Monday, February 27 | Thought Leadership, EHR Solutions and Operations, Human Services
Using EHRs to Increase Employee Satisfaction and Retention
Technology is playing an increasingly important role in many healthcare-focused county departments, from public health to behavioral health and more. Many county authorities have adopted an electronic health record (EHR) system, using it not only as a patient care resource, but also as a data repository linked to population health management. As many counties are leveraging technology for better, simpler and more efficient care, more are now realizing that EHRs and related technology can benefit their workforce at all levels and functions –– saving time, preventing burnout and increasing job satisfaction.
Historically, EHRs weren’t designed to improve care. Instead, much of their focus was on solving non-clinical problems, like how to bill for services, ensure services met regulatory requirements, or provide management reports. But more recent advances, including a major focus on clinical and operational workflow (or “knowledge flow”), artificial intelligence (AI), natural language processing (NLP), and robotic process automation (RPA), are reshaping how users interact with these systems to provide better care with ease and efficiency.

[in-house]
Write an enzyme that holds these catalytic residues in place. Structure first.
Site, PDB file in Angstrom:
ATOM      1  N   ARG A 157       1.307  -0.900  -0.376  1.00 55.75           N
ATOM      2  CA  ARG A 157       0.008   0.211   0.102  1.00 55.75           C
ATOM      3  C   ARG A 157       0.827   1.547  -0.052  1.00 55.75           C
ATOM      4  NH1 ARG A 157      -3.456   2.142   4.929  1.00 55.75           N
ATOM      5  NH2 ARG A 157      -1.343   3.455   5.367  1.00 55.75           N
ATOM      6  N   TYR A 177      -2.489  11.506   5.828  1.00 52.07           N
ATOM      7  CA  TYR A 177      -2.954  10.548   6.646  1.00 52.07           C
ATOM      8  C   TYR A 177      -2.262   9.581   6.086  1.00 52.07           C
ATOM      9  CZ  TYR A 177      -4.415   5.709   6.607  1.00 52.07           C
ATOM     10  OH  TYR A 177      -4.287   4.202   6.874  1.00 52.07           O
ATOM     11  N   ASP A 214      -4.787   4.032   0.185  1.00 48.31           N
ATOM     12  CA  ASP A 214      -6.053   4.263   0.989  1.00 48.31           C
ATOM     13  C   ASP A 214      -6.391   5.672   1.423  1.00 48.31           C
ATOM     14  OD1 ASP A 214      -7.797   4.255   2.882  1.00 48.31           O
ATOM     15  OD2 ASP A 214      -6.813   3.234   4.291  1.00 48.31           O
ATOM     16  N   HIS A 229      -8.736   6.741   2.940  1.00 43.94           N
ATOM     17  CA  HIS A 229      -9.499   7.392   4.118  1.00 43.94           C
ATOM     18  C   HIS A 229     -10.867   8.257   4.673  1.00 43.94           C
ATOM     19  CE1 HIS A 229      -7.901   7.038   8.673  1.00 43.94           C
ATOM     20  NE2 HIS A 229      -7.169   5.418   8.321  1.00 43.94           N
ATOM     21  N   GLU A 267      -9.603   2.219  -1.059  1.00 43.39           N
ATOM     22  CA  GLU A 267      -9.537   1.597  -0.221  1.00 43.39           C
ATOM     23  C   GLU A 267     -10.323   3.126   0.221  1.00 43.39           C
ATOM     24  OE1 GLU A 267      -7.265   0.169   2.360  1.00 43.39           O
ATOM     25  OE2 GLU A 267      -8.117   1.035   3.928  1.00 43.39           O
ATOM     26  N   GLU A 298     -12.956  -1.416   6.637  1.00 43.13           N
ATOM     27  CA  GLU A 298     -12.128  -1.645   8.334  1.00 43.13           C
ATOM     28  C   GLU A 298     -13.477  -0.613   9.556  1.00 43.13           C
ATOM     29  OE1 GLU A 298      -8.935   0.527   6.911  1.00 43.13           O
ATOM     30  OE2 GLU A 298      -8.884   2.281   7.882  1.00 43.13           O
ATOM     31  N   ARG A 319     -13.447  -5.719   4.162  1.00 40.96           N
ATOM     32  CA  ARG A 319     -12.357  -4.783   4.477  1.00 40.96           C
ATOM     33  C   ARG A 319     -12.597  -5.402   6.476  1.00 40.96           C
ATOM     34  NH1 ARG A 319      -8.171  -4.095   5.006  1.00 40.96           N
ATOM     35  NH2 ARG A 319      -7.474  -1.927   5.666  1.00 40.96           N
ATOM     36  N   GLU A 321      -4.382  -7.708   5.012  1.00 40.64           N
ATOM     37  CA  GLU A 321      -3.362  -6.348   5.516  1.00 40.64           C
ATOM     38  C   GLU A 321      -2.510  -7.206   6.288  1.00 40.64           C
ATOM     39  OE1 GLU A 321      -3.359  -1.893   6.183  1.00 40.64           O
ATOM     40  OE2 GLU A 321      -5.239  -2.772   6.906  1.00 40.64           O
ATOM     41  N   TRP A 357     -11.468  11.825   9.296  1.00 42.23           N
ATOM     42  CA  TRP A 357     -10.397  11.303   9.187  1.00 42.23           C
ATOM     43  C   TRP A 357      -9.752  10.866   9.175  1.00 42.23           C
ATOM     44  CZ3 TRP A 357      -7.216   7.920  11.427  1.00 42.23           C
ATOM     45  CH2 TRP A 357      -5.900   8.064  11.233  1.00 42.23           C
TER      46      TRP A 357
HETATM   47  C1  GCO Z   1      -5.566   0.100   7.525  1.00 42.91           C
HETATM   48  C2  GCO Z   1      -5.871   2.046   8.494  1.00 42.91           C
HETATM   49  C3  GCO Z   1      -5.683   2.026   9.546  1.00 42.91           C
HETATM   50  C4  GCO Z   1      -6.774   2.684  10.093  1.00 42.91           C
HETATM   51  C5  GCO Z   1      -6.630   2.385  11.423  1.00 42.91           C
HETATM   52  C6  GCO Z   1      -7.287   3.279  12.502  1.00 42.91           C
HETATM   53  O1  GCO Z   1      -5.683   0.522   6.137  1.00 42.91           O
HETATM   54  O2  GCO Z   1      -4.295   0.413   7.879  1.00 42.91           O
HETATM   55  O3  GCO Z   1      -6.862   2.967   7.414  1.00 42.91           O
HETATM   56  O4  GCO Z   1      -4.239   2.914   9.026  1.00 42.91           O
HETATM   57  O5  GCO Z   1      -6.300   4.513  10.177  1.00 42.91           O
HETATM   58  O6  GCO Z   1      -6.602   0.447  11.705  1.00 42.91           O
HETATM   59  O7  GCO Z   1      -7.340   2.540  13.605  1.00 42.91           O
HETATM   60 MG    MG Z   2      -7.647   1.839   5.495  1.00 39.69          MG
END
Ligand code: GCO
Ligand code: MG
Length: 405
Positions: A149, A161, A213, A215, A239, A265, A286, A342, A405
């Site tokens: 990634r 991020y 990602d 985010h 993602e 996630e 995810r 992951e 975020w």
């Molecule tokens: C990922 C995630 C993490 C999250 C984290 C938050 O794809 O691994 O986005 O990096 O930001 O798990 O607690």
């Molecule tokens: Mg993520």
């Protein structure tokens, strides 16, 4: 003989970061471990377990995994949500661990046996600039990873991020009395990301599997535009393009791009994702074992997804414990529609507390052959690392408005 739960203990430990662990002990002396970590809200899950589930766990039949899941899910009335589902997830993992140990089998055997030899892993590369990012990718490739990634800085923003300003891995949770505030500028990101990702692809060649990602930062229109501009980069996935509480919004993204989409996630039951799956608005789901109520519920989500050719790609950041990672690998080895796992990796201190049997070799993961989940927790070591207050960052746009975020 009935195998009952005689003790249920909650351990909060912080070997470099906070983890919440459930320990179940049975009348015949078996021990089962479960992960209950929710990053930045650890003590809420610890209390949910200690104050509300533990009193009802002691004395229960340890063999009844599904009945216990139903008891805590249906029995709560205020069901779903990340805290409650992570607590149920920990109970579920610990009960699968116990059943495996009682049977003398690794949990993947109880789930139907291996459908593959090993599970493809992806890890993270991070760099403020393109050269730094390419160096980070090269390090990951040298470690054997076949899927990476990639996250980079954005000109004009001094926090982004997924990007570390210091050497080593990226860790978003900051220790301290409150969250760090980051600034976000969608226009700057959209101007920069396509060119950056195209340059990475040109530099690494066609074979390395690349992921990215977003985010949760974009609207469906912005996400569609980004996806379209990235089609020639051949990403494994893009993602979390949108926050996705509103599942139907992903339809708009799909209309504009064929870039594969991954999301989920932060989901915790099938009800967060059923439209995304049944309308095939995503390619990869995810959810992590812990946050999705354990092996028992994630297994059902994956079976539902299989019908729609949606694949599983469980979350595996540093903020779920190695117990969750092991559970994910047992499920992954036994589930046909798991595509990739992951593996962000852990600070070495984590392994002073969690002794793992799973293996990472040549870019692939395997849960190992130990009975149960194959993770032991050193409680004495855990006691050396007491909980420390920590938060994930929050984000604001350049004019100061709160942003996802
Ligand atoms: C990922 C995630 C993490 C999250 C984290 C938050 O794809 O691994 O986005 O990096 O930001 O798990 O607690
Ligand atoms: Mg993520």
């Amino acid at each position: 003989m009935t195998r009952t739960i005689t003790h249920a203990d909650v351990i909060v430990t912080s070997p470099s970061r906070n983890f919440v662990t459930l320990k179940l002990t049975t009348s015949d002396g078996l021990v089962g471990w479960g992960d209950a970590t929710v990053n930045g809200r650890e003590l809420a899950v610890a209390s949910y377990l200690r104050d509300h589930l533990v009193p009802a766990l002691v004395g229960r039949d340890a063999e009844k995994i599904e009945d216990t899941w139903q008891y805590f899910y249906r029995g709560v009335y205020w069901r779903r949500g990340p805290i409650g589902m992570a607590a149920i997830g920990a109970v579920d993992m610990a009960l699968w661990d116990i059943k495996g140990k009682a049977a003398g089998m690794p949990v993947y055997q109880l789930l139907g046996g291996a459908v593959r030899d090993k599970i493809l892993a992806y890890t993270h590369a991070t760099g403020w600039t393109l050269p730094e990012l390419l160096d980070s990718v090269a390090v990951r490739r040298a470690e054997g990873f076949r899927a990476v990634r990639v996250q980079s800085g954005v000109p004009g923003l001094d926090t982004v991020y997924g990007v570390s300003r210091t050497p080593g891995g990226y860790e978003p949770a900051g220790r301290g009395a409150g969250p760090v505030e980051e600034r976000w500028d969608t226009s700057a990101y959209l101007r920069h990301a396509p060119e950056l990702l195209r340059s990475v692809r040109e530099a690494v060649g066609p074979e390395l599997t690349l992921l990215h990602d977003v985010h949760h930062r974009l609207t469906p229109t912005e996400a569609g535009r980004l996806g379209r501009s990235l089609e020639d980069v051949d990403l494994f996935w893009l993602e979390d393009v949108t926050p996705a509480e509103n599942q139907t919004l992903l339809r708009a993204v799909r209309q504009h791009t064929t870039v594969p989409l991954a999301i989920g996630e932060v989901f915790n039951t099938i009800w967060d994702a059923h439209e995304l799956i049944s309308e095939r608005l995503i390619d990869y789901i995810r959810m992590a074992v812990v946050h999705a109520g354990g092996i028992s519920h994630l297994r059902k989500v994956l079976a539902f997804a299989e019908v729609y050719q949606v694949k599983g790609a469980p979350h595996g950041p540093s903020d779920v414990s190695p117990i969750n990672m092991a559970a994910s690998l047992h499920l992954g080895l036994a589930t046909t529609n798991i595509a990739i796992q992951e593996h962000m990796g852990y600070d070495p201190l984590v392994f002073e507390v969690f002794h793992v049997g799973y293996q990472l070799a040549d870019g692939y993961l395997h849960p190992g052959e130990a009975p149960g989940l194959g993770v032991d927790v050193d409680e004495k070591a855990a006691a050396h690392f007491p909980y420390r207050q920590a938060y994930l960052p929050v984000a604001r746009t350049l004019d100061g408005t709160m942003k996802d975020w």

Every clinician has to write notes — progress notes, case notes — and they often do that hours or sometimes days after the service is delivered. This means they face a burden of time, often in what should be their off-hours, sorting through dropdown boxes and problem lists so that they can recall the patient and type in their notes. But the power of natural language processing technology, together with AI, is now simplifying the process by bringing common mobile technology—a cell phone—into play. Using a mobile app called the Bells Digital Assistant, linked to the EHR, a provider can talk to the phone and let it jot things down during a patient visit. The technology automatically “writes out” notes, validates entries against a behavioral health dictionary, and provides contextual recommendations to enable clinical decision support directly to the provider Bells also links those remarks to items on the individual’s problem list, capturing a provider’s real-time observations as the basis for a faster, higher-quality patient note.
With Bells, you just select the client you’re working with on the cell phone and begin. The app is much more sophisticated and nuanced than plain voice-to-text, because it is contextually aware. It knows the patient, the problem list, the names and roles of people on the care team, and the services the team can provide. With Bells, note-taking time can be cut in half. Providers can “tag” members of the team, take advantage of standardized text descriptions to reduce compliance or reimbursement errors, and promote a truly multi-disciplinary approach to care.